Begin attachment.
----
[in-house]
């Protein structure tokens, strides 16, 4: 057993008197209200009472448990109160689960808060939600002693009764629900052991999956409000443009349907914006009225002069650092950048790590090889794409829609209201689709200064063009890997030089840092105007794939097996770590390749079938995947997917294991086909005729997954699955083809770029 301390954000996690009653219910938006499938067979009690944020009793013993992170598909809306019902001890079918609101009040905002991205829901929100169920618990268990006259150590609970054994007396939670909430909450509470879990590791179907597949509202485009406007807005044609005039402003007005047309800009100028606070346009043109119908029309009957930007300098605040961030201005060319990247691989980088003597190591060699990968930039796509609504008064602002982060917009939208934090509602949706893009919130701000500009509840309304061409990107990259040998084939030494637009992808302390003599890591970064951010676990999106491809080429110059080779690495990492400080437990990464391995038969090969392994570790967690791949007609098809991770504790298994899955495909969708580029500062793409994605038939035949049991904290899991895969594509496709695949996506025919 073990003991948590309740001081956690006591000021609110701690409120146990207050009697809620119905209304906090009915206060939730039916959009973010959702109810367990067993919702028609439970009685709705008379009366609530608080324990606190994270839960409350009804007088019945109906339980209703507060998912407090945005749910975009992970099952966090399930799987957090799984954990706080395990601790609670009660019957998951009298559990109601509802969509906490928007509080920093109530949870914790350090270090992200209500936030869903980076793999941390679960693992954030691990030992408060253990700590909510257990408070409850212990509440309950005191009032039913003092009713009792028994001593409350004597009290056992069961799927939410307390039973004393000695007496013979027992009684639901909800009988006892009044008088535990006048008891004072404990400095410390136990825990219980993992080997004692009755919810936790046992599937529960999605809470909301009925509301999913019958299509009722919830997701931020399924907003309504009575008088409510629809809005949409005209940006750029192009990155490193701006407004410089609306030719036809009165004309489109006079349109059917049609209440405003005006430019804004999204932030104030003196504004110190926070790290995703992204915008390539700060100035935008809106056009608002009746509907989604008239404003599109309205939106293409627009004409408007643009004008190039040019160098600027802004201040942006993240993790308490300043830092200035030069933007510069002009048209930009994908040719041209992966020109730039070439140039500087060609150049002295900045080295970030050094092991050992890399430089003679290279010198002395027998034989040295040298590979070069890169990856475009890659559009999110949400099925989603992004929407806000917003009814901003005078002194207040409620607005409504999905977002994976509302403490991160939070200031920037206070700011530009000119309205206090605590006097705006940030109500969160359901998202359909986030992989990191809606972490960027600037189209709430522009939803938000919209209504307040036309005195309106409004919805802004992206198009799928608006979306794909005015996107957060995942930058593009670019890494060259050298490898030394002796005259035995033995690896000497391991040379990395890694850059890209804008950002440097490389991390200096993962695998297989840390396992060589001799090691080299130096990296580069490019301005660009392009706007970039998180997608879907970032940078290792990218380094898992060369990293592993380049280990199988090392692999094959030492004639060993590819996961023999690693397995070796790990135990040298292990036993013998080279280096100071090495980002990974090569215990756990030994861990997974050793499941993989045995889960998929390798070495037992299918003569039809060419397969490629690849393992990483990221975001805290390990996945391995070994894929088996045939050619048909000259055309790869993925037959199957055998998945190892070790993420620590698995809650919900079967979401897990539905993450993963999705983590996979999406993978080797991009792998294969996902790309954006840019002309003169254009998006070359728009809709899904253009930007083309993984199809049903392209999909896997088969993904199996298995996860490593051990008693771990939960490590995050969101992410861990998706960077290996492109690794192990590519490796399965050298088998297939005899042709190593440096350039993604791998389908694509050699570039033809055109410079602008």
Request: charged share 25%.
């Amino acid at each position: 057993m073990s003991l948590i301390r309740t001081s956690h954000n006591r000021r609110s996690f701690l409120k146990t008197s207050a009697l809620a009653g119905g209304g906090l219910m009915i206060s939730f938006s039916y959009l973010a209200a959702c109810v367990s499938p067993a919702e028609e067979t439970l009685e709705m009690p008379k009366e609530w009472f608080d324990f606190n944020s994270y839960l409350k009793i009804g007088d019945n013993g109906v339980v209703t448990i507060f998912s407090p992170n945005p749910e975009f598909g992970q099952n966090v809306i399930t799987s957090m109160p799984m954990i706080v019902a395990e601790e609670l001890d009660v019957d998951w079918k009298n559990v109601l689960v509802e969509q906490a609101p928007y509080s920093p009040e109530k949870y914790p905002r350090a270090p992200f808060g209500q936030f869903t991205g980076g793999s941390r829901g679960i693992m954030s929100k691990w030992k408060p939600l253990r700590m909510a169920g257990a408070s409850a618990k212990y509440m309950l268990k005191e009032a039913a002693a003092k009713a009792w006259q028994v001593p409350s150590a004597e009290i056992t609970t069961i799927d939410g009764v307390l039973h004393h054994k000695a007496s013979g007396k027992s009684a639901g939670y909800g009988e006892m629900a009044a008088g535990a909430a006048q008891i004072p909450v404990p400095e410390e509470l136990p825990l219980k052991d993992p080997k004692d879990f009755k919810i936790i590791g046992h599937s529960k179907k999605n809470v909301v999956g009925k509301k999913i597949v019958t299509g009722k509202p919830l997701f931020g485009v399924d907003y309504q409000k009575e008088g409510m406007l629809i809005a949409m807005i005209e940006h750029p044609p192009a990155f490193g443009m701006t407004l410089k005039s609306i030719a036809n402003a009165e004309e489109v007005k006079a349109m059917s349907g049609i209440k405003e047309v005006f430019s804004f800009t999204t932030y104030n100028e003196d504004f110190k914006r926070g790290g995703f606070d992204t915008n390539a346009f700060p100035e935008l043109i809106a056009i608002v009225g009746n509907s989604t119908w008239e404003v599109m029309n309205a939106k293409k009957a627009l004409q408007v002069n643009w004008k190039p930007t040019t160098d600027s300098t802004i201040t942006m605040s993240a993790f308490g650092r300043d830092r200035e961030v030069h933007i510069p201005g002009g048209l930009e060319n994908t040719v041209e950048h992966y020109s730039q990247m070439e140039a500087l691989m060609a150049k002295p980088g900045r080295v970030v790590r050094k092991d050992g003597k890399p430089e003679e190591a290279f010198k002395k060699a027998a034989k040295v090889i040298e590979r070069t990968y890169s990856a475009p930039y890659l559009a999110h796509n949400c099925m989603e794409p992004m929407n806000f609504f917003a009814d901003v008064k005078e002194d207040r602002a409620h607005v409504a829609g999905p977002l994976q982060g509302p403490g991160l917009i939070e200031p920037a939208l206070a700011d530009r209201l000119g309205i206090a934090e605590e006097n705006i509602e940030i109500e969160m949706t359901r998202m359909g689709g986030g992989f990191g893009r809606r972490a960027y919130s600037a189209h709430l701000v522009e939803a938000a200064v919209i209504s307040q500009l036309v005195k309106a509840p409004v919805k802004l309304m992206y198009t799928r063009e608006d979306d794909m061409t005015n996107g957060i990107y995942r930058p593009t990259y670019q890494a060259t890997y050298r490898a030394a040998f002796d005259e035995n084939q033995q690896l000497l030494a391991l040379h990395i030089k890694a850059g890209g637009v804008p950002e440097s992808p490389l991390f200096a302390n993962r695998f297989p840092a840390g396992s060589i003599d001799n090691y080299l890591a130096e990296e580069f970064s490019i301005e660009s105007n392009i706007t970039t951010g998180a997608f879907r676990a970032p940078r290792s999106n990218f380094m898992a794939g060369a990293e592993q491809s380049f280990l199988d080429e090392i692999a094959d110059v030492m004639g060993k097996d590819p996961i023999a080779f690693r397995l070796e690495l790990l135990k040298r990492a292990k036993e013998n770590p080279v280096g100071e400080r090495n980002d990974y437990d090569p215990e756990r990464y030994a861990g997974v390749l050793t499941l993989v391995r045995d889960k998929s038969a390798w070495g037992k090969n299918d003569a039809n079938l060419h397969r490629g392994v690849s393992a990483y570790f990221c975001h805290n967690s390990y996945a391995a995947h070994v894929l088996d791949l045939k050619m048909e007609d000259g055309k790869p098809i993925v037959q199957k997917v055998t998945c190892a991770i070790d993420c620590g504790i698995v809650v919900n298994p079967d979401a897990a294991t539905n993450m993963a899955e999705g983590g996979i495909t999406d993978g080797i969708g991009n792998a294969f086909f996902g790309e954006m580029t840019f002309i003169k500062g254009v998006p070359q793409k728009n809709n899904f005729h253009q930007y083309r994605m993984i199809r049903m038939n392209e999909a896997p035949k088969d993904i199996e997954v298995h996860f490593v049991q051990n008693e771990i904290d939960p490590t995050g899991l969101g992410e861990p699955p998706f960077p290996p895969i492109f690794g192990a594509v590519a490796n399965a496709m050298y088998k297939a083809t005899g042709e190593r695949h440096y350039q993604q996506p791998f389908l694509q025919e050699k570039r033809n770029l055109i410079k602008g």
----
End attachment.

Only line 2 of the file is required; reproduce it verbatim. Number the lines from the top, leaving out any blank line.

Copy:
């Protein structure tokens, strides 16, 4: 057993008197209200009472448990109160689960808060939600002693009764629900052991999956409000443009349907914006009225002069650092950048790590090889794409829609209201689709200064063009890997030089840092105007794939097996770590390749079938995947997917294991086909005729997954699955083809770029 301390954000996690009653219910938006499938067979009690944020009793013993992170598909809306019902001890079918609101009040905002991205829901929100169920618990268990006259150590609970054994007396939670909430909450509470879990590791179907597949509202485009406007807005044609005039402003007005047309800009100028606070346009043109119908029309009957930007300098605040961030201005060319990247691989980088003597190591060699990968930039796509609504008064602002982060917009939208934090509602949706893009919130701000500009509840309304061409990107990259040998084939030494637009992808302390003599890591970064951010676990999106491809080429110059080779690495990492400080437990990464391995038969090969392994570790967690791949007609098809991770504790298994899955495909969708580029500062793409994605038939035949049991904290899991895969594509496709695949996506025919 073990003991948590309740001081956690006591000021609110701690409120146990207050009697809620119905209304906090009915206060939730039916959009973010959702109810367990067993919702028609439970009685709705008379009366609530608080324990606190994270839960409350009804007088019945109906339980209703507060998912407090945005749910975009992970099952966090399930799987957090799984954990706080395990601790609670009660019957998951009298559990109601509802969509906490928007509080920093109530949870914790350090270090992200209500936030869903980076793999941390679960693992954030691990030992408060253990700590909510257990408070409850212990509440309950005191009032039913003092009713009792028994001593409350004597009290056992069961799927939410307390039973004393000695007496013979027992009684639901909800009988006892009044008088535990006048008891004072404990400095410390136990825990219980993992080997004692009755919810936790046992599937529960999605809470909301009925509301999913019958299509009722919830997701931020399924907003309504009575008088409510629809809005949409005209940006750029192009990155490193701006407004410089609306030719036809009165004309489109006079349109059917049609209440405003005006430019804004999204932030104030003196504004110190926070790290995703992204915008390539700060100035935008809106056009608002009746509907989604008239404003599109309205939106293409627009004409408007643009004008190039040019160098600027802004201040942006993240993790308490300043830092200035030069933007510069002009048209930009994908040719041209992966020109730039070439140039500087060609150049002295900045080295970030050094092991050992890399430089003679290279010198002395027998034989040295040298590979070069890169990856475009890659559009999110949400099925989603992004929407806000917003009814901003005078002194207040409620607005409504999905977002994976509302403490991160939070200031920037206070700011530009000119309205206090605590006097705006940030109500969160359901998202359909986030992989990191809606972490960027600037189209709430522009939803938000919209209504307040036309005195309106409004919805802004992206198009799928608006979306794909005015996107957060995942930058593009670019890494060259050298490898030394002796005259035995033995690896000497391991040379990395890694850059890209804008950002440097490389991390200096993962695998297989840390396992060589001799090691080299130096990296580069490019301005660009392009706007970039998180997608879907970032940078290792990218380094898992060369990293592993380049280990199988090392692999094959030492004639060993590819996961023999690693397995070796790990135990040298292990036993013998080279280096100071090495980002990974090569215990756990030994861990997974050793499941993989045995889960998929390798070495037992299918003569039809060419397969490629690849393992990483990221975001805290390990996945391995070994894929088996045939050619048909000259055309790869993925037959199957055998998945190892070790993420620590698995809650919900079967979401897990539905993450993963999705983590996979999406993978080797991009792998294969996902790309954006840019002309003169254009998006070359728009809709899904253009930007083309993984199809049903392209999909896997088969993904199996298995996860490593051990008693771990939960490590995050969101992410861990998706960077290996492109690794192990590519490796399965050298088998297939005899042709190593440096350039993604791998389908694509050699570039033809055109410079602008």